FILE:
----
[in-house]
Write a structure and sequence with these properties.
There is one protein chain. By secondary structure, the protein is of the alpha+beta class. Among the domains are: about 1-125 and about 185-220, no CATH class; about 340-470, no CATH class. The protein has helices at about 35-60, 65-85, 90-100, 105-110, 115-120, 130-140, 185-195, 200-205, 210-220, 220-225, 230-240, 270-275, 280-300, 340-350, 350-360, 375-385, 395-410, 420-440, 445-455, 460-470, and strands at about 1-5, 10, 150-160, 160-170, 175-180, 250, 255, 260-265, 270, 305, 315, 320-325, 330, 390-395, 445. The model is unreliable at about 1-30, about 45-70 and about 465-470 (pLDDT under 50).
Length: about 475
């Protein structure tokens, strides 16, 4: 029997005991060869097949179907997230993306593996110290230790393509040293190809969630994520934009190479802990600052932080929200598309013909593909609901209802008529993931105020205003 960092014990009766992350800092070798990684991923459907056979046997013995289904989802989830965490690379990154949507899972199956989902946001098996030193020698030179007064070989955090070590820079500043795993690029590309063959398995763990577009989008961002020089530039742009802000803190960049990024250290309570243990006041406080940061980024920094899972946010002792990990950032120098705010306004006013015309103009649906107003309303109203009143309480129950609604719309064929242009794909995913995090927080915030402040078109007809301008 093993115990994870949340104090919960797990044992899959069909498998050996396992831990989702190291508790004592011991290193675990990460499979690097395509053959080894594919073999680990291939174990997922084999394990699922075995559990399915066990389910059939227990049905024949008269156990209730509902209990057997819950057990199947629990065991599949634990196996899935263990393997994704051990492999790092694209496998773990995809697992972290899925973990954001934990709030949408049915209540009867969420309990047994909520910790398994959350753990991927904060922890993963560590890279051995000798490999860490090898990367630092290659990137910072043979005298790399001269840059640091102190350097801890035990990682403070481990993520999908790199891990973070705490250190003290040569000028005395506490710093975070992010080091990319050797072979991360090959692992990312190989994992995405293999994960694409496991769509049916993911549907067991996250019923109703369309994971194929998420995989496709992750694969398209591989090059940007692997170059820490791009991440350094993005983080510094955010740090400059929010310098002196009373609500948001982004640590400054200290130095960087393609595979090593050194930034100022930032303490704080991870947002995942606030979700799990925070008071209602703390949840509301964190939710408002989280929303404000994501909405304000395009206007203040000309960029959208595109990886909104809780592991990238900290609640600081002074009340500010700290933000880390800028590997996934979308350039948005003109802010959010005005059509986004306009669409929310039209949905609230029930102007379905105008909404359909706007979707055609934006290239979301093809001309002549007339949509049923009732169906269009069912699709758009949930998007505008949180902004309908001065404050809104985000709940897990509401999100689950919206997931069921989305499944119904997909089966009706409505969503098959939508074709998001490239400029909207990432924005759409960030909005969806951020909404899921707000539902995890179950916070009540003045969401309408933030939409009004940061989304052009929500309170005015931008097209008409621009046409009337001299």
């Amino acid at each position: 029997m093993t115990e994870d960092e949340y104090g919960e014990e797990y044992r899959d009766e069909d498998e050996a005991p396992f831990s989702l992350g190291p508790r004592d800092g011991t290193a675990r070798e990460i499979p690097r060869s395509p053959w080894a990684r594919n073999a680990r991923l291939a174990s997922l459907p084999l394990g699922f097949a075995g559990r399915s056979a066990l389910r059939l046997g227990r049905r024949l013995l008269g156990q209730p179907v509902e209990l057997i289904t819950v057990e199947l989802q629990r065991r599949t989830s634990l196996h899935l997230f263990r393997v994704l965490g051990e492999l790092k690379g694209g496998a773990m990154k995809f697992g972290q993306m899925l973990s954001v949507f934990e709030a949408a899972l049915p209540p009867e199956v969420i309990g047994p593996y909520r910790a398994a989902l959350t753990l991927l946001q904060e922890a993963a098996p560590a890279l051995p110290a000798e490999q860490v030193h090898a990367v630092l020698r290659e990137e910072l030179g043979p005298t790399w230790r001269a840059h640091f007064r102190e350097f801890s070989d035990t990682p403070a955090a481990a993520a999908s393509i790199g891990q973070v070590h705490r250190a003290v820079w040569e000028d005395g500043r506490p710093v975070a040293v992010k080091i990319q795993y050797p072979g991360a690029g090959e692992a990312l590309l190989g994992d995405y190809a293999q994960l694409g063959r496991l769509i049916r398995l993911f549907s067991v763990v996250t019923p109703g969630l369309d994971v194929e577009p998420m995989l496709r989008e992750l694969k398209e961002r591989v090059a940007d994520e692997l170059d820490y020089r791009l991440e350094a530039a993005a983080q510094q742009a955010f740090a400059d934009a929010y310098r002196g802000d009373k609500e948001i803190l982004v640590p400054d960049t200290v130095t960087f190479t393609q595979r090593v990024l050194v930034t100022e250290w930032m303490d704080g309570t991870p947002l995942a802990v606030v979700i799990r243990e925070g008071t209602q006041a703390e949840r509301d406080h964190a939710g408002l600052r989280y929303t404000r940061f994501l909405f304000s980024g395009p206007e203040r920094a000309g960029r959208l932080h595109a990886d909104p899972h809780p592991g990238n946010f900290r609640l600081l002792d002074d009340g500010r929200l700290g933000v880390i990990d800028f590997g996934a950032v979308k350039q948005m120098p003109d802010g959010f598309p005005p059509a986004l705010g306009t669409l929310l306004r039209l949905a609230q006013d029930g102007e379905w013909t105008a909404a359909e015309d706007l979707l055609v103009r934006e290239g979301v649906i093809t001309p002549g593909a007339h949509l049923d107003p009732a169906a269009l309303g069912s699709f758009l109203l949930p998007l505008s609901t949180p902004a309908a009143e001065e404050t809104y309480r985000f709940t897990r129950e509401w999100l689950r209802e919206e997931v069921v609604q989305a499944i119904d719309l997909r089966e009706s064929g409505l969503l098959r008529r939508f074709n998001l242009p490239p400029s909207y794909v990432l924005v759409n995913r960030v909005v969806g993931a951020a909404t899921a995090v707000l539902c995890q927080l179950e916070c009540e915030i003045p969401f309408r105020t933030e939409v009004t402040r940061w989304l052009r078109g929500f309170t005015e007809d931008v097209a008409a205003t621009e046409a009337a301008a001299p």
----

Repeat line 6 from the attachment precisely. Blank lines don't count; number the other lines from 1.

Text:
């Amino acid at each position: 029997m093993t115990e994870d960092e949340y104090g919960e014990e797990y044992r899959d009766e069909d498998e050996a005991p396992f831990s989702l992350g190291p508790r004592d800092g011991t290193a675990r070798e990460i499979p690097r060869s395509p053959w080894a990684r594919n073999a680990r991923l291939a174990s997922l459907p084999l394990g699922f097949a075995g559990r399915s056979a066990l389910r059939l046997g227990r049905r024949l013995l008269g156990q209730p179907v509902e209990l057997i289904t819950v057990e199947l989802q629990r065991r599949t989830s634990l196996h899935l997230f263990r393997v994704l965490g051990e492999l790092k690379g694209g496998a773990m990154k995809f697992g972290q993306m899925l973990s954001v949507f934990e709030a949408a899972l049915p209540p009867e199956v969420i309990g047994p593996y909520r910790a398994a989902l959350t753990l991927l946001q904060e922890a993963a098996p560590a890279l051995p110290a000798e490999q860490v030193h090898a990367v630092l020698r290659e990137e910072l030179g043979p005298t790399w230790r001269a840059h640091f007064r102190e350097f801890s070989d035990t990682p403070a955090a481990a993520a999908s393509i790199g891990q973070v070590h705490r250190a003290v820079w040569e000028d005395g500043r506490p710093v975070a040293v992010k080091i990319q795993y050797p072979g991360a690029g090959e692992a990312l590309l190989g994992d995405y190809a293999q994960l694409g063959r496991l769509i049916r398995l993911f549907s067991v763990v996250t019923p109703g969630l369309d994971v194929e577009p998420m995989l496709r989008e992750l694969k398209e961002r591989v090059a940007d994520e692997l170059d820490y020089r791009l991440e350094a530039a993005a983080q510094q742009a955010f740090a400059d934009a929010y310098r002196g802000d009373k609500e948001i803190l982004v640590p400054d960049t200290v130095t960087f190479t393609q595979r090593v990024l050194v930034t100022e250290w930032m303490d704080g309570t991870p947002l995942a802990v606030v979700i799990r243990e925070g008071t209602q006041a703390e949840r509301d406080h964190a939710g408002l600052r989280y929303t404000r940061f994501l909405f304000s980024g395009p206007e203040r920094a000309g960029r959208l932080h595109a990886d909104p899972h809780p592991g990238n946010f900290r609640l600081l002792d002074d009340g500010r929200l700290g933000v880390i990990d800028f590997g996934a950032v979308k350039q948005m120098p003109d802010g959010f598309p005005p059509a986004l705010g306009t669409l929310l306004r039209l949905a609230q006013d029930g102007e379905w013909t105008a909404a359909e015309d706007l979707l055609v103009r934006e290239g979301v649906i093809t001309p002549g593909a007339h949509l049923d107003p009732a169906a269009l309303g069912s699709f758009l109203l949930p998007l505008s609901t949180p902004a309908a009143e001065e404050t809104y309480r985000f709940t897990r129950e509401w999100l689950r209802e919206e997931v069921v609604q989305a499944i119904d719309l997909r089966e009706s064929g409505l969503l098959r008529r939508f074709n998001l242009p490239p400029s909207y794909v990432l924005v759409n995913r960030v909005v969806g993931a951020a909404t899921a995090v707000l539902c995890q927080l179950e916070c009540e915030i003045p969401f309408r105020t933030e939409v009004t402040r940061w989304l052009r078109g929500f309170t005015e007809d931008v097209a008409a205003t621009e046409a009337a301008a001299p």